It was a relief to Ed Miliband that his defeated elder brother took a step back from frontline politics after losing the Labour leadership race in September. But David Miliband has remained, like Banquo at the feast, a visible presence on the backbenches from where he could – at some theoretical later date – still return to wreak revenge.
A survey in yesterday’s Sunday Times makes troubling reading for Ed. It suggests that 12 per cent of the public think Ed would be the better Labour leader, far below the 37 per cent for David. That is a very similar finding to surveys published during the summer.
Meanwhile pollsters found that 40 per cent of the public do not rate Ed Miliband’s leadership skills, compared to 27 per cent who do.
Back then Ed’s allies shrugged off those polls. Within a few months, they argued, people would have seen Ed in action and would have warmed to him. (David’s position as foreign secretary had given him a higher profile).
That shift in public opinion does not seem to have happened, however, although Labour as a party is now consistently ahead in the polls. The unknown unknown is where Labour would be polling if it had a more charismatic and decisive leader.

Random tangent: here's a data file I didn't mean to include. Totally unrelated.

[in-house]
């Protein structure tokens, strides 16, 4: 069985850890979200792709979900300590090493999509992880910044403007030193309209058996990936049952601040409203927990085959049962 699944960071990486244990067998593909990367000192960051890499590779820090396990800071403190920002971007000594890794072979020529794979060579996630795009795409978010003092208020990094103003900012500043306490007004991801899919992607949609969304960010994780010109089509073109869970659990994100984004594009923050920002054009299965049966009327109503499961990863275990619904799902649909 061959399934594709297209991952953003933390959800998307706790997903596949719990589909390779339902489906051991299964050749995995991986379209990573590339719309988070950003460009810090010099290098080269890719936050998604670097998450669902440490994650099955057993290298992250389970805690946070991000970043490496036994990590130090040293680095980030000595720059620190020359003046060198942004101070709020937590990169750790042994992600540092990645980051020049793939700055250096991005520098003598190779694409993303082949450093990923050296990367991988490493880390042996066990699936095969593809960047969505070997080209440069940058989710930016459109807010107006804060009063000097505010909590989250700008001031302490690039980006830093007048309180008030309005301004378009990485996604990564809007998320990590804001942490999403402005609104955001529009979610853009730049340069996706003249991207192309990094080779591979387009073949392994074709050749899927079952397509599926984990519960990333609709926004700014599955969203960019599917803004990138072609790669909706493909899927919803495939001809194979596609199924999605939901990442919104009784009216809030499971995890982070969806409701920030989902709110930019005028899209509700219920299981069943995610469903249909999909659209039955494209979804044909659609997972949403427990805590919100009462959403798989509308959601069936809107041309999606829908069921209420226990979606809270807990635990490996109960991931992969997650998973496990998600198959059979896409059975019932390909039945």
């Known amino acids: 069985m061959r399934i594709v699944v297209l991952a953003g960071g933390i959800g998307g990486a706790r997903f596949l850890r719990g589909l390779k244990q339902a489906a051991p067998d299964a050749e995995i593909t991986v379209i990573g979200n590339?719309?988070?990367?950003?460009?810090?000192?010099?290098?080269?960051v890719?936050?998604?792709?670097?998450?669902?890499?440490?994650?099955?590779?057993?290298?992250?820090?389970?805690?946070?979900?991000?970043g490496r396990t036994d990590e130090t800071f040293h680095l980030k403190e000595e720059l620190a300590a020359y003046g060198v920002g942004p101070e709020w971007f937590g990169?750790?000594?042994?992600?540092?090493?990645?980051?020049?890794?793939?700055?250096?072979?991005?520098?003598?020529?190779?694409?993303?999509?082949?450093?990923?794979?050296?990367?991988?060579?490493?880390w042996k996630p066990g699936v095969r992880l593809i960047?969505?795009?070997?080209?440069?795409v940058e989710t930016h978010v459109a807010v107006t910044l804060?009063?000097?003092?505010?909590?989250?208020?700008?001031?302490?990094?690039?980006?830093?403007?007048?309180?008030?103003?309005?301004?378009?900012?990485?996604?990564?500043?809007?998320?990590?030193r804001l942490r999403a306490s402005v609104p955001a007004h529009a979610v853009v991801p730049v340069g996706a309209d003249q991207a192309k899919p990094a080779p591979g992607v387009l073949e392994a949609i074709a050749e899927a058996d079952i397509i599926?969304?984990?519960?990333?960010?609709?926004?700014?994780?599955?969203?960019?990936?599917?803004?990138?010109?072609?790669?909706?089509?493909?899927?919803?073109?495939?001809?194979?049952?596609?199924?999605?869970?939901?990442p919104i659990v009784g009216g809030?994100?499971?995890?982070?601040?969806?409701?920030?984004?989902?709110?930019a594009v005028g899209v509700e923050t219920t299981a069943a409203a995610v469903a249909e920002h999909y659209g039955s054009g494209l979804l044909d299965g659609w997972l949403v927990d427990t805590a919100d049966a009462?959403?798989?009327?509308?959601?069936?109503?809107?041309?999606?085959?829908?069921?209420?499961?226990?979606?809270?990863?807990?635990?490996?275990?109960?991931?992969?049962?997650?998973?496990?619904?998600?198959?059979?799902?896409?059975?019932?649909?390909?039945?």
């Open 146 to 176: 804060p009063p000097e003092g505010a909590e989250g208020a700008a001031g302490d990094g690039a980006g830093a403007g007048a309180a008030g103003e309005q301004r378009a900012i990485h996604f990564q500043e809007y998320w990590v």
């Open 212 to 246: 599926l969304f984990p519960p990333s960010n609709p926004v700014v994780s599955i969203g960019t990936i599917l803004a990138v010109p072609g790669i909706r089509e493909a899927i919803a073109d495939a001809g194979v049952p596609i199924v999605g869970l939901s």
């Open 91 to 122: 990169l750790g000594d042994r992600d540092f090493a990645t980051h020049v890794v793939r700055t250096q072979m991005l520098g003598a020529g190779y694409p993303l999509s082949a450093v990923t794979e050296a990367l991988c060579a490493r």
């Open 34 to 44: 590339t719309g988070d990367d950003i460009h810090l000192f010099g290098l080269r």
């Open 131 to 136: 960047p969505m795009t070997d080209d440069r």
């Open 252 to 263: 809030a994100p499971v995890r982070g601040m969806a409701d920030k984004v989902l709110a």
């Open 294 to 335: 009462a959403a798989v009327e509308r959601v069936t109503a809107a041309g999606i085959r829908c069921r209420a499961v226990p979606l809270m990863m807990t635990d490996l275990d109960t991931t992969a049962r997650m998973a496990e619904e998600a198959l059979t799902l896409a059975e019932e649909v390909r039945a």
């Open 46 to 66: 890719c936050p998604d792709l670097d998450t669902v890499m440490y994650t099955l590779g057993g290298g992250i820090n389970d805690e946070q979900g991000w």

David is keeping his powder dry in terms of any remaining Labour ambitions. This morning he was quoted in his local newspaper saying:
“I’ve got to admit I wish the leadership campaign had gone differently, but who knows what will happen in the future?…I think Ed’s done well. It’s a very difficult job being the leader of the
This is one of those subjects which seems rather dry until the consequences are spelled out in your monthly pay cheque.
Yet the implication of an official document published on Thursday is jaw-dropping. That is: that many state workers could see their pension contributions more than double in the future.
Lord Hutton’s interim report into public sector pensions has already recommended that pension contributions by state workers should rise in April 2012 by 3 per centage points from their current level (typically between 3 and 11 per cent of pay depending on the job). This is to remedy an imbalance between employee/employer contributions. But will the increase stop there?
With riots outside and conflict in the Commons yesterday was a fantastic day to bury dull but important news. And the Treasury did indeed release its consultation paper “on the discount rate used to set unfunded public service pension contributions“. Read more
Here’s another example of the OBR shrugging its shoulders at coalition policy.
The Office of Budget Responsibility reviews the Lib Dem-backed crackdown on tax avoidance and concludes that it will have no impact on compliance rates. Read more